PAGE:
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Come together

Opinion | Social and economic conservatives must find common ground and fight for the future of our children

The past couple of months, economic conservatives have aggressively opposed President Obama's agenda to radically expand government, financed by deficits that run into the trillions. If social conservatives want to protect America's families and social values, they must join with their fiscally conservative cousins to oppose President Obama and reverse America's culture of debt.

America was built on individual opportunity. This is the core of the economic conservative agenda. The family unit is the core building block of American society. This is the heart of the social conservative agenda.

There is a key overlap here that many conservatives-and even their leaders-overlook. Living within your means and managing your finances to avoid long-term debt is part of building strong families, providing for your children, and teaching them to provide for themselves.

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I recently attended a speech at the American Enterprise Institute (AEI) given by Charles Murray, in which he said that the only four human institutions characterized by deep personal satisfaction are family, community, vocation, and faith. Murray argues that the goal of social policy is to ensure that these institutions are robust and vital.

Many people have heard of Adam Smith's most famous book, The Wealth of Nations, which helped lay the foundation for free market systems and classical economics. Fewer people have heard of another of Adam Smith's books, The Theory of Moral Sentiments. He argues that humans possess a moral sense that causes us to approve certain actions while condemning others. The grandfather of modern economics believed that a sense of morality was necessary for a society to flourish.

Both economic and social conservatives need to grasp the common ground here. Strong families are essential to strong economies, and financial management is a key family value.

Recently, America has been moving from a culture of ownership to a culture of debt. People went from wanting to own their home and car and have enough for retirement to making monthly payments on everything they consume while relying on someone else (the government) to pay all the bills when they get older.

As others have said, the president's agenda would bury our children and even our grandchildren under a mountain range of debt. President Obama is saddling people who have not yet even been born with debt incurred by spending wealth that has not yet even been created.

One of the most alarming aspects of this situation is that few people are talking about what these policies are doing to our children's worldview. If left unchecked, these policies will cause a generational paradigm shift.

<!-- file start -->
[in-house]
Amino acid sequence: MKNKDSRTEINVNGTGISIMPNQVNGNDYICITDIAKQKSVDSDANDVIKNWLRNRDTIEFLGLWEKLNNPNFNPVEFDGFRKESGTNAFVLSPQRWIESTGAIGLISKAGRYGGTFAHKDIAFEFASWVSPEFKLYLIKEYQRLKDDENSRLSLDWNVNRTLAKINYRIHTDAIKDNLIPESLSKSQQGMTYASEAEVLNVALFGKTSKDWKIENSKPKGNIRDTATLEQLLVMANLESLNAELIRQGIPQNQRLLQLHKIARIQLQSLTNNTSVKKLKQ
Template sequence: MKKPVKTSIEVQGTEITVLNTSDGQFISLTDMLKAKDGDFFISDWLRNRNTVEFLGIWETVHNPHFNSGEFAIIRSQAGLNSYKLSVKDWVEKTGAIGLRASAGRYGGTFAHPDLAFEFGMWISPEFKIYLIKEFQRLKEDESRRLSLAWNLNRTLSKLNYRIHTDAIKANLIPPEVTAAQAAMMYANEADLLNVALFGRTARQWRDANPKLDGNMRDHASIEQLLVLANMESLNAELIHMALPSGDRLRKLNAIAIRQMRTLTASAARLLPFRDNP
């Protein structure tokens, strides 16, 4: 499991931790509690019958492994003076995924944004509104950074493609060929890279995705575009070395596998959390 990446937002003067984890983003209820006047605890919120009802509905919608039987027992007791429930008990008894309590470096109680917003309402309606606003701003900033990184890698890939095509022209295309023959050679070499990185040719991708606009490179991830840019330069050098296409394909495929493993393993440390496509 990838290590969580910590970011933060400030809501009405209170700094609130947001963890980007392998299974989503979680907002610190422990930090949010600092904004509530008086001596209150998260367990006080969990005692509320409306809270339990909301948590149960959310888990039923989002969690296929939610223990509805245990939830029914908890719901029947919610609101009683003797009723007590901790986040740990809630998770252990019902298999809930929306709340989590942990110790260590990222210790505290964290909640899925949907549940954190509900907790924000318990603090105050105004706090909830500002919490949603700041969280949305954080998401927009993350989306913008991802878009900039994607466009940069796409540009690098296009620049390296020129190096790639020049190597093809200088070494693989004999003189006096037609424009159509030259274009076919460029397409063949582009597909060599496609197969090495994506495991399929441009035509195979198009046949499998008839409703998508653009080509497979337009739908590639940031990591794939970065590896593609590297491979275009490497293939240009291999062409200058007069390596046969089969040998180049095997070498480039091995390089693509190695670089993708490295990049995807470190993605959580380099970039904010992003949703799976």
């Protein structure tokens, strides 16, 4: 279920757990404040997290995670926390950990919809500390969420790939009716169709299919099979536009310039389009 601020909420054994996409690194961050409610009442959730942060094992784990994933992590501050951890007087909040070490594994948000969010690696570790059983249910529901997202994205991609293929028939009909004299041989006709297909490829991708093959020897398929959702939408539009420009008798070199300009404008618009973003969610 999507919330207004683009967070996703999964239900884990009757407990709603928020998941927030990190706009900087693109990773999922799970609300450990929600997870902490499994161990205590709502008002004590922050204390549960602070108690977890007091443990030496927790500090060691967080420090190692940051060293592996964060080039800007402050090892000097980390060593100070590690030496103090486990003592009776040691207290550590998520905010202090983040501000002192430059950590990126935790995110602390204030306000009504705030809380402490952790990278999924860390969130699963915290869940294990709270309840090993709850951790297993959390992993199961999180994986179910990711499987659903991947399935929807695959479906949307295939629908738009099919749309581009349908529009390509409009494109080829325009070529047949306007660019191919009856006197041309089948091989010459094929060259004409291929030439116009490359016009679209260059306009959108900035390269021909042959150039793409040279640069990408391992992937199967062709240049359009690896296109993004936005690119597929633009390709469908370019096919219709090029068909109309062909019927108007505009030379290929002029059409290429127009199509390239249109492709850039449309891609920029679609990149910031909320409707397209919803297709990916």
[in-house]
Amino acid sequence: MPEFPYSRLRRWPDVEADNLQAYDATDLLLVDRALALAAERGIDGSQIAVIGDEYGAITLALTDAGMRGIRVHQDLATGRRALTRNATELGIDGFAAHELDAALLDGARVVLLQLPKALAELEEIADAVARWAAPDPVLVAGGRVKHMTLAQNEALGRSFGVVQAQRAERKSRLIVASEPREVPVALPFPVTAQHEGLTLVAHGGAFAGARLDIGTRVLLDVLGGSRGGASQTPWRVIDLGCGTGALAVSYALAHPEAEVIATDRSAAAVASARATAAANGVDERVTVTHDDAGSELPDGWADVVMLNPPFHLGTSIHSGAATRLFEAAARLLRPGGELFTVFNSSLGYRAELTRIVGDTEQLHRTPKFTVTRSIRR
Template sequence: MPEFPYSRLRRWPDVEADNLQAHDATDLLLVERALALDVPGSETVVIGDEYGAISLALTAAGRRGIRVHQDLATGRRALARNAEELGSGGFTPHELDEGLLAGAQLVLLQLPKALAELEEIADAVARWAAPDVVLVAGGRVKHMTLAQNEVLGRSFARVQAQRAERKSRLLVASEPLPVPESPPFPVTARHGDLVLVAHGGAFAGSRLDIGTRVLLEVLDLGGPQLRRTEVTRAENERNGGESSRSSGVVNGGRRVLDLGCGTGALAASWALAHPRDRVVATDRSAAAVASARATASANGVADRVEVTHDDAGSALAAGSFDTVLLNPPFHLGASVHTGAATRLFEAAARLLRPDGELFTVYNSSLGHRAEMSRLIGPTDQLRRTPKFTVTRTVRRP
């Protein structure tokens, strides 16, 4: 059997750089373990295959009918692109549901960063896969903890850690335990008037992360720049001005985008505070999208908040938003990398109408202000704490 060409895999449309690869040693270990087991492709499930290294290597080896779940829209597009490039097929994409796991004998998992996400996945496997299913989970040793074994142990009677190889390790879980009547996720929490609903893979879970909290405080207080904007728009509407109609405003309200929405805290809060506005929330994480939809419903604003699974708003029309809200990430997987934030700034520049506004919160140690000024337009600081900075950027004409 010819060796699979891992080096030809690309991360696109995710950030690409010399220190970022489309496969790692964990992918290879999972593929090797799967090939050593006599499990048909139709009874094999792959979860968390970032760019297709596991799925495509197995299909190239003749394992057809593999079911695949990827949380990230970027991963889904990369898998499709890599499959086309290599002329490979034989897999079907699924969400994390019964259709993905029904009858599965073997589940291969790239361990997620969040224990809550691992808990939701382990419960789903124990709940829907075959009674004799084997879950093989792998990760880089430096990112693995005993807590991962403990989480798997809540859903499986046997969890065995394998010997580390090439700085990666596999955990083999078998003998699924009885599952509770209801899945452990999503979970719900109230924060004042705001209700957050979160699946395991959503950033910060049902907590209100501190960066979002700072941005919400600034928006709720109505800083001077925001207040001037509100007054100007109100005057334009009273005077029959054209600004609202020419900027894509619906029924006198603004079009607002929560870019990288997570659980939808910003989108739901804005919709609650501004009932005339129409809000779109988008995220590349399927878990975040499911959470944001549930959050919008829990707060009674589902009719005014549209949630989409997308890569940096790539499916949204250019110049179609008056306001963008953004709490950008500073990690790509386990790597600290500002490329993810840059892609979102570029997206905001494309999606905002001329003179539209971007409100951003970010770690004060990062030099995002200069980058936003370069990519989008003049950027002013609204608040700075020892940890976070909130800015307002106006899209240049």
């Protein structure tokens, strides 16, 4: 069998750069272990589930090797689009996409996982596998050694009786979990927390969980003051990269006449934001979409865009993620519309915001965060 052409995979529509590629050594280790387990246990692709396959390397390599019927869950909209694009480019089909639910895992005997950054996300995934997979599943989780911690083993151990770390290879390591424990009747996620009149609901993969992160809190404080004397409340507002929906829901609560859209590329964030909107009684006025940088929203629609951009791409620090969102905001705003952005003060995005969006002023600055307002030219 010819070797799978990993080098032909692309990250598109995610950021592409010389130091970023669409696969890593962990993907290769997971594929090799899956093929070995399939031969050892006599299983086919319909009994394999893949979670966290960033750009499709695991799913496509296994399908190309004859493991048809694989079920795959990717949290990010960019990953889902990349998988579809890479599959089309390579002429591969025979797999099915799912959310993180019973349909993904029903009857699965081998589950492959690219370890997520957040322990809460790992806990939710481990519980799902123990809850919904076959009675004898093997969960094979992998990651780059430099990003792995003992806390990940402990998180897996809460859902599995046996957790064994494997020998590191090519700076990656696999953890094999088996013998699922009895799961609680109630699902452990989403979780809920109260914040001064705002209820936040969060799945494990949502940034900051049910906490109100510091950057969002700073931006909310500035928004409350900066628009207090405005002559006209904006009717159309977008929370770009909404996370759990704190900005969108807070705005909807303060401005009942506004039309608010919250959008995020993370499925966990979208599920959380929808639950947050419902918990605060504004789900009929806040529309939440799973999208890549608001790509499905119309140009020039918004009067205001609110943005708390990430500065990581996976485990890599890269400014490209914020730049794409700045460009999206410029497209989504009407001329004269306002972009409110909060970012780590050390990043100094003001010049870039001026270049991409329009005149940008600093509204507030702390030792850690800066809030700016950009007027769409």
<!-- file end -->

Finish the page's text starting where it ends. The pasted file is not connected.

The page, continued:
These policies are a Trojan horse creating not only a mentality of government reliance, but also a mindset where a lifestyle of permanent debt is acceptable. Not long ago, someone paying massive interest to finance things they couldn't afford was looked upon as irresponsible, and their behavior shameful.

Now, instead of debt being an unfortunate necessity for massive purchases like a house, everything is being financed by interest-bearing debt. If you can't afford something, don't save up until you have the money, just put it on a credit card and pay 12 percent or 20 percent interest for years. This interest can double the sticker price, cutting in half people's purchasing power and plunging them ever-deeper into debt.

For purchases like a house, many are leveraging themselves out as far as the bank will allow, rather than exercise self-restraint. A person who can responsibly afford payments on a $200,000 house is now more likely to get a $400,000 house, put other expenses on a credit card, and barely make the minimum payments. It's the people engaging in such behavior who got swamped when the housing bubble burst.

Being able to responsibly steward your resources, live within your means, and plan for the future is a family value. Proverbs says, "The borrower is a slave to the lender." Those who claim the Bible (or some other text) as a guiding authority have plenty of scriptural admonition to work toward being financially self-sufficient.

Many social and economic conservatives don't work together because some of their leaders don't like each other. Many economic conservatives don't care for the religiosity of many social leaders and treat them with the same disdain that liberals do. Many social conservatives are turned off by the moral failings and personal choices of some economic leaders and don't feel comfortable partnering with them. The few who are leaders in both camps are frustrated in their efforts to bridge this divide.

Both groups need to get past these differences and work together. It's not about economic leaders professing false conversions or social leaders abandoning their standards. It's about recognizing common interests and fighting for their children.

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